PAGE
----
"Information is no longer simply the first level of signification, but the milieu which supports and encloses the production of meaning. There is no meaning, not without information, but outside of an information milieu that exceeds and undermines the domain of meaning from all sides" (9).What Terranova's analysis obscures is a distinction between information and culture. Was not culture itself already a "milieu which supports and encloses the production of meaning"? How can we differentiate between the two?
It seems that information should be enclosed within the realm of culture. This is what makes the title, Network Culture, so appealing. It invokes an image of culture mapped out like a network. It provides a simply model, a structure for culture. Better yet, it is a model which takes into consideration the sorts of discontinuities and breaks, the incomprehensible noise which abound within history and culture. However, Terranova does not simply model her analysis after information theory; she manages to reduce culture to information. In her discussion of 'culture jamming' she simplifies acts of "graffiti on advertizing posters, hijacking of corporate events" to "signal distortion" (17). Is there not also something material in these acts, a material nature which simple "signal distortion" lacks? A materiality that also shows itself in the possible consequences of such actions, in the laws which prohibit and punish?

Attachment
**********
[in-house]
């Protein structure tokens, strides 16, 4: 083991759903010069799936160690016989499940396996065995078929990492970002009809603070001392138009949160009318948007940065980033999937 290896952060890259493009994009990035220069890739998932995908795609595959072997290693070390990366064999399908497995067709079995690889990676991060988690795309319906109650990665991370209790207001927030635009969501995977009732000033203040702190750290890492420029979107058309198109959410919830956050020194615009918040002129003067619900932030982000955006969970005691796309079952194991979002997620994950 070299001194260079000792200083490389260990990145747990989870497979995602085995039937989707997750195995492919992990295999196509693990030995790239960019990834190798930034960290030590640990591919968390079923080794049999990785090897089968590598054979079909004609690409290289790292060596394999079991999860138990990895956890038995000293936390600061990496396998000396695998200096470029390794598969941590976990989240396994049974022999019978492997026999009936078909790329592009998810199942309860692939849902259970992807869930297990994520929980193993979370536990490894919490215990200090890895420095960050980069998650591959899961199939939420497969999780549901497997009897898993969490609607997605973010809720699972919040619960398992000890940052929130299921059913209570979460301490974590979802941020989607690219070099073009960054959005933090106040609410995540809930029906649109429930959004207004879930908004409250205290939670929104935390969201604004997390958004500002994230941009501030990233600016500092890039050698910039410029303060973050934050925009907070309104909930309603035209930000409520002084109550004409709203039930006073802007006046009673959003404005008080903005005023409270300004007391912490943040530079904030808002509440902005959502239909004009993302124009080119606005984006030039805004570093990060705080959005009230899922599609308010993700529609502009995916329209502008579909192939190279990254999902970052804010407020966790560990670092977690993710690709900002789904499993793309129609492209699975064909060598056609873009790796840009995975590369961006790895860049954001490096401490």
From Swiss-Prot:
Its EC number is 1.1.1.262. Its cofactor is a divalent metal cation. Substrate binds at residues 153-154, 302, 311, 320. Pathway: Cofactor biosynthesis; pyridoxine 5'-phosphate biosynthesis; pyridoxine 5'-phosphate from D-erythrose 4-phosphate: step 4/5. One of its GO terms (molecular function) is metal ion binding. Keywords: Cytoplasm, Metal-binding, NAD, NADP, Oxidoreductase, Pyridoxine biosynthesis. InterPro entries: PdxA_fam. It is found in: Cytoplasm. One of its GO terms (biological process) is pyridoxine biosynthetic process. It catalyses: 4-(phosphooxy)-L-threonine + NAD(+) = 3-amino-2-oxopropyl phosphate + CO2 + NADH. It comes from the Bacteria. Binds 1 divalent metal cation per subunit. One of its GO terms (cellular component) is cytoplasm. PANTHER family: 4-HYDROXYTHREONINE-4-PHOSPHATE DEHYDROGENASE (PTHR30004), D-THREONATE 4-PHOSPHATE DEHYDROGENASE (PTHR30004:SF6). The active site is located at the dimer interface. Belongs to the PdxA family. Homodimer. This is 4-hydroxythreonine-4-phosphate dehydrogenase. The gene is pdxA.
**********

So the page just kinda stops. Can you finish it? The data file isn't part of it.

Though I don't want to propose an easy solution here, maybe it is the material which defines culture for Terranova. After all, it is the material which determines our means of "contact" with these information flows. Or maybe Terranova is moving in the right direction. Maybe culture is degrading. It is no longer culture which can be studied as such, but is so caught up in virtuality that only information analysis is fit to tackle cultural studies.